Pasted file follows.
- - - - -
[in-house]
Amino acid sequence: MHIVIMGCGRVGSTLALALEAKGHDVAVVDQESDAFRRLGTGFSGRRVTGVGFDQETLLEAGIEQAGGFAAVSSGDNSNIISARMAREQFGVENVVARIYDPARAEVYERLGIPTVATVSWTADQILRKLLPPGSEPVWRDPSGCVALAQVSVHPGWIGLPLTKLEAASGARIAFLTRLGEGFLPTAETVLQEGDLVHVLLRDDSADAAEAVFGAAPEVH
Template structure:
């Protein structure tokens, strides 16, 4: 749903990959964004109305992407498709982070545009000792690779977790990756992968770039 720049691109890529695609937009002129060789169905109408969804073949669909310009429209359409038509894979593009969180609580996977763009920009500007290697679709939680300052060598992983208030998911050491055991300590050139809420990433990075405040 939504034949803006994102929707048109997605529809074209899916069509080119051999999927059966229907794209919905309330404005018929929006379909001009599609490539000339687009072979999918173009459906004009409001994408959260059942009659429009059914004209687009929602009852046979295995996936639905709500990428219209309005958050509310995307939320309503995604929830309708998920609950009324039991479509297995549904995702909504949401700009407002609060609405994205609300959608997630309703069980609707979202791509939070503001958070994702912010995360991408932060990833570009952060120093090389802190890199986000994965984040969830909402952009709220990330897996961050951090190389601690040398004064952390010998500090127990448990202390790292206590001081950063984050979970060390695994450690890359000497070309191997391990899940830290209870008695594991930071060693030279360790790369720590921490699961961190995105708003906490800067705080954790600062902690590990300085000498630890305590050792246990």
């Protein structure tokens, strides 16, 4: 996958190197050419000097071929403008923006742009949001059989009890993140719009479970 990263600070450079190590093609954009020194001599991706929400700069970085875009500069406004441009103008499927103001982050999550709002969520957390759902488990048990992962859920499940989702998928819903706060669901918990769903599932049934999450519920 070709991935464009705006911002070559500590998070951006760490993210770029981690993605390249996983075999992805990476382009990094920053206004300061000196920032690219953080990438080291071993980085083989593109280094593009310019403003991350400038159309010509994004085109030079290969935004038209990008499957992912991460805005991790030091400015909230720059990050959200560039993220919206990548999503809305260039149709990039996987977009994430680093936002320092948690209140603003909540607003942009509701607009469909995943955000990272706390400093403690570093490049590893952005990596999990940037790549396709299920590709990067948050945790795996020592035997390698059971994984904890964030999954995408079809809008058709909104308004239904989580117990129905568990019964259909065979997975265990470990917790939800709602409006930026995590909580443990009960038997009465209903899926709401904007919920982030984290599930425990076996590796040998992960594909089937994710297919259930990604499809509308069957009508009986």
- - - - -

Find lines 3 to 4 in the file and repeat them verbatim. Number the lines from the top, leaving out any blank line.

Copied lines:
Template structure:
């Protein structure tokens, strides 16, 4: 749903990959964004109305992407498709982070545009000792690779977790990756992968770039 720049691109890529695609937009002129060789169905109408969804073949669909310009429209359409038509894979593009969180609580996977763009920009500007290697679709939680300052060598992983208030998911050491055991300590050139809420990433990075405040 939504034949803006994102929707048109997605529809074209899916069509080119051999999927059966229907794209919905309330404005018929929006379909001009599609490539000339687009072979999918173009459906004009409001994408959260059942009659429009059914004209687009929602009852046979295995996936639905709500990428219209309005958050509310995307939320309503995604929830309708998920609950009324039991479509297995549904995702909504949401700009407002609060609405994205609300959608997630309703069980609707979202791509939070503001958070994702912010995360991408932060990833570009952060120093090389802190890199986000994965984040969830909402952009709220990330897996961050951090190389601690040398004064952390010998500090127990448990202390790292206590001081950063984050979970060390695994450690890359000497070309191997391990899940830290209870008695594991930071060693030279360790790369720590921490699961961190995105708003906490800067705080954790600062902690590990300085000498630890305590050792246990």